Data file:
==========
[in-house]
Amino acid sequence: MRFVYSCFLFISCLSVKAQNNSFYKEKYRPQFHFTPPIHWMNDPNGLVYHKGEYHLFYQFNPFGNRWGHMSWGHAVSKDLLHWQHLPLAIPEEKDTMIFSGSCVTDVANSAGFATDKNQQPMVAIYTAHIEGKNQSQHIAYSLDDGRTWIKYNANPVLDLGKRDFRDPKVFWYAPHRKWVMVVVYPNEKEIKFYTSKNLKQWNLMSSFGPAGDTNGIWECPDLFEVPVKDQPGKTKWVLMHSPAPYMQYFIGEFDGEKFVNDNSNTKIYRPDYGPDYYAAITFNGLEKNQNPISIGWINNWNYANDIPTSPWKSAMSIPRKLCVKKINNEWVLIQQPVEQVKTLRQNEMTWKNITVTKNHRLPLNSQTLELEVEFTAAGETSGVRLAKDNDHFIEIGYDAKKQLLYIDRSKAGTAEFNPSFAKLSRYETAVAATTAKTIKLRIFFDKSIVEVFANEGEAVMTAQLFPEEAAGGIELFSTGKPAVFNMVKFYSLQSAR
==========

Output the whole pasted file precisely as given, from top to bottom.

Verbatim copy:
[in-house]
Amino acid sequence: MRFVYSCFLFISCLSVKAQNNSFYKEKYRPQFHFTPPIHWMNDPNGLVYHKGEYHLFYQFNPFGNRWGHMSWGHAVSKDLLHWQHLPLAIPEEKDTMIFSGSCVTDVANSAGFATDKNQQPMVAIYTAHIEGKNQSQHIAYSLDDGRTWIKYNANPVLDLGKRDFRDPKVFWYAPHRKWVMVVVYPNEKEIKFYTSKNLKQWNLMSSFGPAGDTNGIWECPDLFEVPVKDQPGKTKWVLMHSPAPYMQYFIGEFDGEKFVNDNSNTKIYRPDYGPDYYAAITFNGLEKNQNPISIGWINNWNYANDIPTSPWKSAMSIPRKLCVKKINNEWVLIQQPVEQVKTLRQNEMTWKNITVTKNHRLPLNSQTLELEVEFTAAGETSGVRLAKDNDHFIEIGYDAKKQLLYIDRSKAGTAEFNPSFAKLSRYETAVAATTAKTIKLRIFFDKSIVEVFANEGEAVMTAQLFPEEAAGGIELFSTGKPAVFNMVKFYSLQSAR